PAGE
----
I try to stay away from these extremes but journalists don’t seem to want that. They prefer what Lemann terms “the most soaring rhetoric about supplanting traditional news organizations.” It’s the extreme claim that interests them. If they don’t have speakers to quote they just go without.

Reading these posts I feel a sense of dismay at a rather arid and wordy debate in which the web has released the writers even from the very loose space constraints of American newspapers.

The objectivity debate should have ended years ago and and that on citizen journalism is essentially doomed to a similarly circular path. We are in a period of rapid and unpredictable change: journalists who choose to be dinosaurs will become extinct but those who evolve will, I believe, emerge stronger.

Of course, we need to discuss these issues but, please, can we raise the tone of the debate to consider how we best harness the opening up of journalism to a more participatory audience.

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  • Michael Kenward

    A trivial intervention, I know, but one thing that differentiates the “professional” journalist from the amateur is experience. (I assume that “since then was journalism a profession?” contains a typo for when, in which case, I agree.)

    The stuff that masquerades as citizen journalism is from people with, at most, a couple of years in the business. That’s how long they have been able to perform.

    I knew everything when I started in journalism, but the longer I work, the less I know. But the more questions I can ask.

    In other words, I gradually learned that I knew not much.

    Let’s see where the influential bloggers five years from now. I pay more attention to journalists that I have followed for years – even if it is dismissive attention Ms Phillips – than to a new name on the block.

    Then again, a mere 35 years climbing up my own learning curve, maybe I am being ageist.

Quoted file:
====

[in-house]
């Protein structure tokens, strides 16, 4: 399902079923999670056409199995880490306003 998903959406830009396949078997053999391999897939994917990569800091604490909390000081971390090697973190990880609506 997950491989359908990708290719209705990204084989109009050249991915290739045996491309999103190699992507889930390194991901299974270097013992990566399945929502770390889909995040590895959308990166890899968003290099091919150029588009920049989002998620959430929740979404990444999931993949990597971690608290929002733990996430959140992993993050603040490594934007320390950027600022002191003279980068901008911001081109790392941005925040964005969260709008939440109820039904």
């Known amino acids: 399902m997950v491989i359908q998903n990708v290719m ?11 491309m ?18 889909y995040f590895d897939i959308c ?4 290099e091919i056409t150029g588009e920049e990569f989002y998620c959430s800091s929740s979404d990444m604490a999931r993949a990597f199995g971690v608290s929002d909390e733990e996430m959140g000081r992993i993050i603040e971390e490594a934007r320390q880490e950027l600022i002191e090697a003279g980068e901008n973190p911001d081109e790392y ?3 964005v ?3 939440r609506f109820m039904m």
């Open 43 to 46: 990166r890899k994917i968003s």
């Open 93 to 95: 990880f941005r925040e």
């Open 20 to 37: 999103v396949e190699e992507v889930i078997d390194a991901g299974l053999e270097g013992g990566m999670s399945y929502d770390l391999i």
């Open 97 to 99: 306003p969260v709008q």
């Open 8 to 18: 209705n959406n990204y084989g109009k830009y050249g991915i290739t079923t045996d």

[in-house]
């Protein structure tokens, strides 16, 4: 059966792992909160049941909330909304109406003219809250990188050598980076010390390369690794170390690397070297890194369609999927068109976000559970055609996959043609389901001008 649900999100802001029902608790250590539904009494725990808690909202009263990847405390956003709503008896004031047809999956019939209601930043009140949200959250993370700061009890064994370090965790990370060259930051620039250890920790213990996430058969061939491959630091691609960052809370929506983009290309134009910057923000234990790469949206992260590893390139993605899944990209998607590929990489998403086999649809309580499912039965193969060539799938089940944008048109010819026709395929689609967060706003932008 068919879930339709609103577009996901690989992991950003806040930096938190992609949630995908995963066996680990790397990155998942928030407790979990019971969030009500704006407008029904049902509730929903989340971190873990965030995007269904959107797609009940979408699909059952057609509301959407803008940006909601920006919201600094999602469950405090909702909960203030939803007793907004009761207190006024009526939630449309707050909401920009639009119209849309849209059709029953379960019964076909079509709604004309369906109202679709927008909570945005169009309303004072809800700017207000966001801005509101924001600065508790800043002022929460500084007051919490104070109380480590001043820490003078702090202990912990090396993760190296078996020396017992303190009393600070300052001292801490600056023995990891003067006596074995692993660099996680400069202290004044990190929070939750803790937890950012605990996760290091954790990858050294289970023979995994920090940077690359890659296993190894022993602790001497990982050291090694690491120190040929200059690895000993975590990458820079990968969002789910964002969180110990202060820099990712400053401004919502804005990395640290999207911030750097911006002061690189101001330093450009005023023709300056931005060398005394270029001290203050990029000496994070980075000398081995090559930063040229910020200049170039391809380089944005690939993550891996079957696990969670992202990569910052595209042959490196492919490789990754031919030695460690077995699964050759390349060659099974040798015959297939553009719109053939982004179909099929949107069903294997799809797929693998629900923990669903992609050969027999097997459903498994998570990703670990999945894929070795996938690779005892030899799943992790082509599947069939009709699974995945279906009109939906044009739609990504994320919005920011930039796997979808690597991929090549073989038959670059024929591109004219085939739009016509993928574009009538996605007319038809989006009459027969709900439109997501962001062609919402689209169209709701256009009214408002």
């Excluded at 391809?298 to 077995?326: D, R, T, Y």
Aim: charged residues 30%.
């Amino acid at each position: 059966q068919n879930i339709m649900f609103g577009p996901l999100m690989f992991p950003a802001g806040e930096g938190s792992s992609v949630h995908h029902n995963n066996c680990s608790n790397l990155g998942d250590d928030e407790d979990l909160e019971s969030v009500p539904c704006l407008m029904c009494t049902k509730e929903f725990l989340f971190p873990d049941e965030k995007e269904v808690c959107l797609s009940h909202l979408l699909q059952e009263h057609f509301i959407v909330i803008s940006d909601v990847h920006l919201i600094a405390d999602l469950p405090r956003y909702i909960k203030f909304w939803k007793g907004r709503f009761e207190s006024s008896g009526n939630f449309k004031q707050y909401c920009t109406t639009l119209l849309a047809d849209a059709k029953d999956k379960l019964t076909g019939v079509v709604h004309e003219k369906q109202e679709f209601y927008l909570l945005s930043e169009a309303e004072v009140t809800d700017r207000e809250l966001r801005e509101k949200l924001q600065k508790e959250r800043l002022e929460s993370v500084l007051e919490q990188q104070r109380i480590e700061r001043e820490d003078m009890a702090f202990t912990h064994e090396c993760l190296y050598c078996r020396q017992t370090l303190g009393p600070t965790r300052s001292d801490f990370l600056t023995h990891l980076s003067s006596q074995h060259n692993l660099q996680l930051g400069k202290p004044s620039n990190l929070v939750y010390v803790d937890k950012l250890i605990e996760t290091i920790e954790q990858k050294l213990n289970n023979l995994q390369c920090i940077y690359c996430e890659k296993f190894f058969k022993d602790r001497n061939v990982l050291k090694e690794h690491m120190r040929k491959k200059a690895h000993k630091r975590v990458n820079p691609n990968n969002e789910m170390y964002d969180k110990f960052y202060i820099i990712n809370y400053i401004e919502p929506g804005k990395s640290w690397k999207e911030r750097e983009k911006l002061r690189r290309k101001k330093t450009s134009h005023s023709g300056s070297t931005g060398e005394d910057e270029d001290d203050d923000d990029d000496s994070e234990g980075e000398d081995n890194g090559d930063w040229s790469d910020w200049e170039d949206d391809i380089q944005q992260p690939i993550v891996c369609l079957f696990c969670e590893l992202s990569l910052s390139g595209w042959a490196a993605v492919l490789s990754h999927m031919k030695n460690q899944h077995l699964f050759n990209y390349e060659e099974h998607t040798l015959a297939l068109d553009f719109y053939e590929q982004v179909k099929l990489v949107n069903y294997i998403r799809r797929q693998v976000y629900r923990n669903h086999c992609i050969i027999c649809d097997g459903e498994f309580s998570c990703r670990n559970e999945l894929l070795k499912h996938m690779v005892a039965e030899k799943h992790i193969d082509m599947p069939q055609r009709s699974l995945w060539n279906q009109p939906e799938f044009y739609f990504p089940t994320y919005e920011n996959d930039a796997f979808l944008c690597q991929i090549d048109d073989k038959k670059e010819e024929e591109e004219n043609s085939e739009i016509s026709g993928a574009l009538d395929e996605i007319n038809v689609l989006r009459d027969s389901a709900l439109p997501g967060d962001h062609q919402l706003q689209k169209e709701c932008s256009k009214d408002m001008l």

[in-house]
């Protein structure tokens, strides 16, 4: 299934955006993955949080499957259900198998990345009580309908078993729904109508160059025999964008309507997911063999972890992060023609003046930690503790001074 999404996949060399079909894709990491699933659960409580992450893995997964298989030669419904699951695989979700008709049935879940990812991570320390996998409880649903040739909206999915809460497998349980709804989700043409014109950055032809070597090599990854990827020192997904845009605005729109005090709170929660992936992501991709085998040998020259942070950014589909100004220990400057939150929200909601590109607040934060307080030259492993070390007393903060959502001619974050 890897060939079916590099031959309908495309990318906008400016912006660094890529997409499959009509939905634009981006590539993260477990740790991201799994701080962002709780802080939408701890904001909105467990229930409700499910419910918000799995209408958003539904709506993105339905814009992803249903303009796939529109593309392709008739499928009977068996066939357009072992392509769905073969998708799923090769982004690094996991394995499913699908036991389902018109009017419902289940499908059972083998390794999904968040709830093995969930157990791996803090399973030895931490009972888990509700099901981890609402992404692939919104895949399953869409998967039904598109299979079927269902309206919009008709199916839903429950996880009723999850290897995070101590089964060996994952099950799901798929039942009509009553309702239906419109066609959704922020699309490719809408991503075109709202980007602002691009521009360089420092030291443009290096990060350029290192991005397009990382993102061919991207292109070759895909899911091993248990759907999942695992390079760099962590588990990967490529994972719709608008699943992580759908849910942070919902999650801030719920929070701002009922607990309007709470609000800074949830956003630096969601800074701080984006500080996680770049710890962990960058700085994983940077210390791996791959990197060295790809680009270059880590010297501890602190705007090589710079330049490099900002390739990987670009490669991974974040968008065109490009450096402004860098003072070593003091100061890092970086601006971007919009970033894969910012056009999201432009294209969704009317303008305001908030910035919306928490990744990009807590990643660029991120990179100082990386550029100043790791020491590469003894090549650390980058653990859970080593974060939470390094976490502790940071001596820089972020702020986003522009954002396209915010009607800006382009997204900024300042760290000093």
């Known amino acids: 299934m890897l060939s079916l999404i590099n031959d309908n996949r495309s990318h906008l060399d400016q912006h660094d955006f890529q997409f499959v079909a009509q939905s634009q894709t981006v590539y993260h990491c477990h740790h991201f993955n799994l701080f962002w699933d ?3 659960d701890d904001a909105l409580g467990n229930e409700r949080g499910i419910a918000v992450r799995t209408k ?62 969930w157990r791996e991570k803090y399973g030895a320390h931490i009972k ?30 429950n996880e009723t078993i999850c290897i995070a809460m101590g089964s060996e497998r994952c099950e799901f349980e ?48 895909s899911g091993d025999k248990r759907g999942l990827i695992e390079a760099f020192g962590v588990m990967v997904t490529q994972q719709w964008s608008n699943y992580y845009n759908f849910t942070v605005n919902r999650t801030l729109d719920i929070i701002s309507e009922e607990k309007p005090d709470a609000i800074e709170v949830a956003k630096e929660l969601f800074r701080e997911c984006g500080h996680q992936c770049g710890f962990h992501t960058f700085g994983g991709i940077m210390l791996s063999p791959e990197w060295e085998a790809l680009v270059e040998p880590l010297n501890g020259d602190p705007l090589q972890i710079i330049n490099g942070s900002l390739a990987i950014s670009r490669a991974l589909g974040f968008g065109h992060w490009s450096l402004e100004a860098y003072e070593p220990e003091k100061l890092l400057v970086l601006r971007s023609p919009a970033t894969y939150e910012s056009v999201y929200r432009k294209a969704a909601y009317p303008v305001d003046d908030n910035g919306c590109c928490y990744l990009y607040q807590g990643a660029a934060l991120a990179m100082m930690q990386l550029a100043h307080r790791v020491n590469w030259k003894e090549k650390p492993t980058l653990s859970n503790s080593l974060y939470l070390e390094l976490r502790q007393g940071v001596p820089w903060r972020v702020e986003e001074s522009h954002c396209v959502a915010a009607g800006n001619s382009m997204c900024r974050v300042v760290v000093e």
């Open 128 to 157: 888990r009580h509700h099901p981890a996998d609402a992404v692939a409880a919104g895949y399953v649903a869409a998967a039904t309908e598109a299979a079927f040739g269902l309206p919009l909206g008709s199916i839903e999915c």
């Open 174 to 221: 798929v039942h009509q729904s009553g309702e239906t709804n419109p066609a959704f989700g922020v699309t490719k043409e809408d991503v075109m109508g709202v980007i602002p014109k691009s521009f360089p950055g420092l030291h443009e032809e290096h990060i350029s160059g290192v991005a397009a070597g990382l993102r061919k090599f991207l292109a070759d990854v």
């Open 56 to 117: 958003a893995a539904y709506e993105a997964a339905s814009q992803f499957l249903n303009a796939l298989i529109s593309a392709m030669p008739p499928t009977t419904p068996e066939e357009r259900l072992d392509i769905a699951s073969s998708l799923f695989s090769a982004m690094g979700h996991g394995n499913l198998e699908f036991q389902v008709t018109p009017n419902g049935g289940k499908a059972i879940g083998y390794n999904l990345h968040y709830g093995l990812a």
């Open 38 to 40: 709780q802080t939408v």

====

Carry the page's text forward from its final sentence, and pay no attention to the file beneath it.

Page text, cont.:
• Tom Foremski

    Journalism is professional in that there are journalists who are paid to be journalists. Yet in the US, it seems as if there is the belief that unpaid citizen journalists can do a better job and therefore mainstream media is being disrupted by the legions of bloggers. This is nonsense but hardly anybody will challenge this because of the sacred notions around “community” and that the “community” knows best.

  • Trevor Butterworth

    I’d just like to point out to those who dismiss the idea of objectivity that philosophers have engaged with this problem for, what, a few thousand years? Some of the things they’ve written might usefully inform discussions by journalists. I would begin by noting that you can’t have a working notion of subjectivity without its much maligned opposite…

  • journo21

    Debates about objectivity and subjectivity tend to run into the buffers.

    There is certainly a place for committed journalism of which John Pilger is a classic example.

    But newspapers need reporters who, in the old language, tried to be objective.

    So accepting that everything we write reflects the way we see the world it is still vital to encourage reporters to seek to suspend judgment on any particular event on which they are writing and who seek to find as many different kinds of people who have witnessed the event, and who seek by careful interviewing to discover how they saw that event.